Ultravox: Vienna [Steven Wilson Remix + Instrumental] – UK – 2xCD 
Disc One: “Vienna” [Steven Wilson Remix]
- New Europeans
- Private Lives
- Passing Strangers
- Mr. X
- Western Promise
- All Stood Still
Disc Two: “Vienna” [Steven Wilson Instrumental Remix]
- New Europeans [inst.]
- Private Lives [inst.]
- Passing Strangers [inst.]
- Sleepwalk [inst.]
- Mr. X [inst.]
- Western promise [inst.]
- Vienna [inst.]
- All Stood Still [inst.]
Some would say that after last year’s ultrabox of “Vienna” that the decision to uncouple the Steven Wilson stereo remix of the album [created to let him make a surround mix of the album] and sell it as a Record Store Day edition would be exploitative, but some wise person thought to include an instrumental disc of Wilson’s [modest] remix version. It’s out there and not terribly expensive on the CD format, so I was on it. I wondered how the experience of the album would be without Midge Ure belting it out on top of the music. The short form? It’s still a great synth rock album!
If anything, the absence of vocals draws even more attention to the outrageous musicianship that the band had at their disposal at this stage of the game. And one gets to appreciate the details of arrangement that got swept away in the vocal power of Ure sweeping through it. Ure’s guitar in “New Europeans” now more than ever seems like a stand-in for the tone that Robin Simon had brought to “Quiet Men” on the previous album.
The Moog bass lines in “Private Lives” now get much more prominence and that track’s Achilles heel; its sketchy lyrical content [they were just learning] is now absent from the playing field, making their playing stronger. I had never really noticed the complexity with the melody in the middle eight, for example.
“Passing Strangers” was another instance where Chris Cross’ bass [guitar] this time, really got some spotlight for once. Cross was usually the odd one out with three extroverts like Ure, Cann, and Currie competing for oxygen in the band! This disc allows him the room to breathe for once.
My favorite track, “Western Promise” also got some transformation without vocals. Of course the long buildup was unchanged, but where the electric “Hai!” was once the start of the vocals, I could now [finally] hear a tight descending fill by Cann leading into the first verse. And not having vocals, made the crazed synth-like flute that I loved so much really pop in the mix. Allowing me to absorb all of the previously obscured detail. I have still heard nothing like it in the intervening 41 years.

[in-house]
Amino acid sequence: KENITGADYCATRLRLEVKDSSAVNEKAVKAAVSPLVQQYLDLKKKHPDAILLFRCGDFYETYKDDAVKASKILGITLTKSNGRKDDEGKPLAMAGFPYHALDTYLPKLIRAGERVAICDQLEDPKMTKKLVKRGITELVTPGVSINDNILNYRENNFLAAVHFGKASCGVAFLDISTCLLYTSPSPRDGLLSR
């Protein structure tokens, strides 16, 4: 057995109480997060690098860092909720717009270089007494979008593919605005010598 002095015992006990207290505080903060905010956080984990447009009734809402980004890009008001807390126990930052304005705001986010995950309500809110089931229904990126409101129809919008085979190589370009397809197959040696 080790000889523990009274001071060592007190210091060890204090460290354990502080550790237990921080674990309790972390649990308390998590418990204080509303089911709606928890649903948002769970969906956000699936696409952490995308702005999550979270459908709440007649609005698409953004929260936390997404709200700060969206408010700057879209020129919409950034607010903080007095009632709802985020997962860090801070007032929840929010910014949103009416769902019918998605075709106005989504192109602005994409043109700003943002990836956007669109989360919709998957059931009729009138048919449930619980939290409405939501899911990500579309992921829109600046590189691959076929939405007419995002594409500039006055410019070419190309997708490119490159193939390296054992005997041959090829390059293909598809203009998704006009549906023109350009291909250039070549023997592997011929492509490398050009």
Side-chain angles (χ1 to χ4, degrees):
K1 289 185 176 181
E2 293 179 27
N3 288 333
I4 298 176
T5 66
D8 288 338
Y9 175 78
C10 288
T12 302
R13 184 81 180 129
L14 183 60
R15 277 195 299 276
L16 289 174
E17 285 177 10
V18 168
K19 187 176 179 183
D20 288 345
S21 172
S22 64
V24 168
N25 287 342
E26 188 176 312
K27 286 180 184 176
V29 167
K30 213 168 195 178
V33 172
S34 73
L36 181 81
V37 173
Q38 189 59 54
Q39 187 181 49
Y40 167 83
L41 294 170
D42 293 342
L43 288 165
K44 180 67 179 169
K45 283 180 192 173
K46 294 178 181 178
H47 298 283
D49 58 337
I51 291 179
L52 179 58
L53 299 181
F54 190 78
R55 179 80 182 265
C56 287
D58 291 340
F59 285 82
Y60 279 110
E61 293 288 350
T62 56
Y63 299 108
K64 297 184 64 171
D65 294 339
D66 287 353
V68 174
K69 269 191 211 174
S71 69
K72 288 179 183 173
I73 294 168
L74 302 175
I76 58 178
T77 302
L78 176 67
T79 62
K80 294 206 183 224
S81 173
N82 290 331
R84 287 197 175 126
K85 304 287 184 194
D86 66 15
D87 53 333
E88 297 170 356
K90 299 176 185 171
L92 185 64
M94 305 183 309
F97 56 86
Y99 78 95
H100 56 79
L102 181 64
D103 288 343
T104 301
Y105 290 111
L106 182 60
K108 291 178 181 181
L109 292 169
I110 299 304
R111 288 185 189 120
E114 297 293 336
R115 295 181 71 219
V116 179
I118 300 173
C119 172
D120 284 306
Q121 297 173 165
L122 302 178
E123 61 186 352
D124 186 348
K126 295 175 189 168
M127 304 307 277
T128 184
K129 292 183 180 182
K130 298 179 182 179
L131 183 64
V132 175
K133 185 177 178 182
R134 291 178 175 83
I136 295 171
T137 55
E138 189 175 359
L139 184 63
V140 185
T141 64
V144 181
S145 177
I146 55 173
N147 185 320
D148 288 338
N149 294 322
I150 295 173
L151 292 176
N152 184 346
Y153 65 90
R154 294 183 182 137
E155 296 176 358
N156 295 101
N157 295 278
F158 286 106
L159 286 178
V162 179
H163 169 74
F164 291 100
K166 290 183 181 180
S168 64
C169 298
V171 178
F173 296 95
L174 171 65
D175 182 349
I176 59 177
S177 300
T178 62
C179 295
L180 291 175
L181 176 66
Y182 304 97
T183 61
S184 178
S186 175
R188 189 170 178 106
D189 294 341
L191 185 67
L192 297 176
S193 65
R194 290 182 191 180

The big splash of “Vienna” probably owed a lot of its commercial success to Midge Ure’s powerful vocal. Without it, the star of the show is clearly Warren Cann’s distinctive drumbeat. The piano in the chorus is surprisingly clean and simple, with Currie clearly waiting for his solo in the middle eight to shine.
The pulsating “All Stood Still” also had enormous detail to drink in without the lead and especially backing vocals to demand attention. There was a pause at the end of the first chorus on Currie’s distorted lead that was utterly new. The bell-like synth tones in the middle eight were also new to these ears. But the biggest difference was how the infamous cold ending played out minus the massed vocals stopping on a dime. The lead synth got a short pan from channel to channel as it’s envelope faded out one beat behind the music.
This is still a sharp listen and it’s surely grist for the mill of hardcore Foxx-fans who bemoan Ure’s presence in the band. Though I’m not one of them. Even so, it’s interesting to hear details that normally get glossed over by the presence of the vocals. And in the end, we’ve now got a six disc BSOG edition of “Vienna” and how can that be anything but a good thing? Especially with the fact that it was not just on 2xLP clear vinyl but also the beleaguered silver disc that is the apple of my eye. And having it released both in the UK and America just pushed all of my happy buttons for a change.